If Pro Athletes Can Get Their Required Protein Without Meat, So Can You
Whatever your reason, it's time to cut back on the burgers
The California Academy of Sciences in San Francisco is the state’s oldest museum, one of the largest natural museums in the world, and the only to contain an aquarium, a planetarium, and a rain forest exhibit. The rain forest is under a 90-feet glass dome, and it’s of the flooded Amazonian variety, with tree boas, blue morpho butterflies and poison-dart frogs. It’s a remarkable, sweaty, chattering place, the best replica you can find without heading down to see the real thing — and an important reminder of what’s being destroyed to make more cheeseburgers.
According to the World Wildlife Foundation, cattle ranching accounts for 80% of deforestation efforts in Amazon countries. Every three seconds, two football fields of rainforest are cleared to make way for livestock. Cutting down all those trees releases an astounding amount of carbon dioxide in the atmosphere: 340 million tons per year. The United States has imported less “international beef” over the last decade, as it’s prioritized domestic ranchers and expressed food-safety concerns with foreign meat. But it still brings in $263 million of Brazilian beef each year. And because the States sells locally, other countries buy straight from Brazil. China and Hong Kong, for instance, import nearly $3 billion of Brazilian beef in a single year.
The fires that raged in the Amazon earlier this year were directly related to this process. There have been a historic 60,000 fires in the Amazon since January, and NASA satellites confirmed that the timing and location of the fires has more to do with land clearing than regional drought. These photos, captured by the International Space Station, should give you an idea of how widespread the burning was:
Luca Parmitano is an Italian astronaut. His use of “human-caused” is intentional there, and unfortunately spot-on. Most ranchers in the Amazon deploy a brand of slash-and-burn agriculture whereby they clear huge tracts of land by setting fires. Controlled burns are standard practice for keeping forests fresh and healthy — if you’ve been to a National Park in this country, you’ve probably seen one administered — but in the extremely wet Amazon, which evolved for millions of years without fire, they destroy ecosystems and force trees to immediately release carbon dioxide.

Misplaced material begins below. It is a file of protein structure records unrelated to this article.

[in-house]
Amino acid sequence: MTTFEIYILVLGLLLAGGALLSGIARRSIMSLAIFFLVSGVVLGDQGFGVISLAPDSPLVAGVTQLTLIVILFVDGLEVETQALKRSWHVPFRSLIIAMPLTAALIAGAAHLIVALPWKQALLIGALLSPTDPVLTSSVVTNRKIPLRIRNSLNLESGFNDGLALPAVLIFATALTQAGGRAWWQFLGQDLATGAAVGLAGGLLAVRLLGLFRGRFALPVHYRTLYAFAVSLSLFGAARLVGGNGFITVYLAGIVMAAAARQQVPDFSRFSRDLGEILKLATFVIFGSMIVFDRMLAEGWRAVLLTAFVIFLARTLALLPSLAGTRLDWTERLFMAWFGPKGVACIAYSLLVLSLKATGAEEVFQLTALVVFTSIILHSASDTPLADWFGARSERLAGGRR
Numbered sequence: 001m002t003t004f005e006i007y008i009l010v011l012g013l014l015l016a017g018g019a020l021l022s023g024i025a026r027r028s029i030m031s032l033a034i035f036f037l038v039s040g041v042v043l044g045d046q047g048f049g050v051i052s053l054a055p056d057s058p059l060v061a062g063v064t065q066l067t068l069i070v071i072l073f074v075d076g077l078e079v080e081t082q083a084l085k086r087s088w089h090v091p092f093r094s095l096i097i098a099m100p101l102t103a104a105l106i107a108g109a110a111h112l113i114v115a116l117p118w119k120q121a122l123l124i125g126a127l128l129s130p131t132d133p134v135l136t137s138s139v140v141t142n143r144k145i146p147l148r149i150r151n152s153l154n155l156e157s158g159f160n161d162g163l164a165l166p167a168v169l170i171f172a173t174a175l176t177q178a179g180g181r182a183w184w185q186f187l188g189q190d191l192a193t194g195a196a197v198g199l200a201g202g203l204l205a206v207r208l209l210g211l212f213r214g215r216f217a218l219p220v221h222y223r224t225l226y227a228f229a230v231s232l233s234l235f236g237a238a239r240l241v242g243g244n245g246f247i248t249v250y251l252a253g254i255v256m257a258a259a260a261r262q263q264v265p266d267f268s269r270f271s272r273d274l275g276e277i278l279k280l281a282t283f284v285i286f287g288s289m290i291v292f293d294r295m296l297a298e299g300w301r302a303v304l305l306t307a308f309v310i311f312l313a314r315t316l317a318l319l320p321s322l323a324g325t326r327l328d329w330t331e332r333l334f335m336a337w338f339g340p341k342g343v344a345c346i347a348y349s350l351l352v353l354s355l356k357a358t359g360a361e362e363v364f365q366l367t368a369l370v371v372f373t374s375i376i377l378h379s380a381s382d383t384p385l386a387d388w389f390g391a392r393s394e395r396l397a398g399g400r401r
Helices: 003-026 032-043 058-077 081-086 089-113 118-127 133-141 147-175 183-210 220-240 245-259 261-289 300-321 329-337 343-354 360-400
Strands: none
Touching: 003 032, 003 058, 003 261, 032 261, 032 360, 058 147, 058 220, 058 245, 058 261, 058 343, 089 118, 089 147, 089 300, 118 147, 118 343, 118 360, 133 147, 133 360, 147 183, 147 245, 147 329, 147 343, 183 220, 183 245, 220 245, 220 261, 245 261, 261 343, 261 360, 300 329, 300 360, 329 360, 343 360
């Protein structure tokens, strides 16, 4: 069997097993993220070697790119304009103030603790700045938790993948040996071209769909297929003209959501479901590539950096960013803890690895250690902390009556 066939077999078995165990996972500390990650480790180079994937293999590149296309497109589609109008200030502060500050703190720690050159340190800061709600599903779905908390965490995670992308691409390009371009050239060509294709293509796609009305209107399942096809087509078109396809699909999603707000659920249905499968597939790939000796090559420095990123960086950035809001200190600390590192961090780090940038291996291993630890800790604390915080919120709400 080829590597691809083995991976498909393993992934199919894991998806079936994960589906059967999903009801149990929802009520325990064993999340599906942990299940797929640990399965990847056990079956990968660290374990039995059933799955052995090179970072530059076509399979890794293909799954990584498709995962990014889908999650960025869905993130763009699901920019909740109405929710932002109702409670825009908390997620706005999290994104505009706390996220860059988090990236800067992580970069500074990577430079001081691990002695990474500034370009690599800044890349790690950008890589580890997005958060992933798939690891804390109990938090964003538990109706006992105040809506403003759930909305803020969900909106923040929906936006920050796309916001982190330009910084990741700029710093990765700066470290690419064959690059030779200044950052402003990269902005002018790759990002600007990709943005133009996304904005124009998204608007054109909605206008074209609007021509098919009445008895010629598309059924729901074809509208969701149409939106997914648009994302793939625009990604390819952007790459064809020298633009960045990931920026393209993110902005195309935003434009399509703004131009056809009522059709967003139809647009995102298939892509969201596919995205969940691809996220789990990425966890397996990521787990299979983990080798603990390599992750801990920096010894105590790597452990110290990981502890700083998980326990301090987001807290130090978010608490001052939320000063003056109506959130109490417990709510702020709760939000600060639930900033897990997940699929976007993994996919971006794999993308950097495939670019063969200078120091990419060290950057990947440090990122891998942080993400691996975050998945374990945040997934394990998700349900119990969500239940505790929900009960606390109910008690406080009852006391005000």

It’s a tragic fate for an area that’s been called “the lungs of the Earth,” and yet another compelling reason to consider curbing your meat consumption, if not axing it entirely. The United States has killed nearly 45 billion animals for food this year. That includes 35 million cows. Every single pound of beef produced in this country requires 1,800 gallons of water: the equivalent of seven years of drinking water for the average person. These numbers are impossible to wrap your head around. And we exuberantly agree that Shake Shack on a Sunday is a godsend. But when considered in concert with personal health concerns of consuming meat, the “tastiness” argument gets flimsier by the day.
In a recent study out of Japan, researchers followed 71,000 Japanese men and women for an average of 18 years and focused specifically on how they consumed protein. They discovered that those who favored protein from plants over protein from red meat or processed meat exhibited a lower all-around mortality rate. Meanwhile, the top quintile of plant protein eaters were 28% less likely to suffer a cardiovascular-related death and 27% less likely to experience a stroke. It’s a fitting, depressing parallel; the production of red meat is killing the planet, and consuming it is killing us.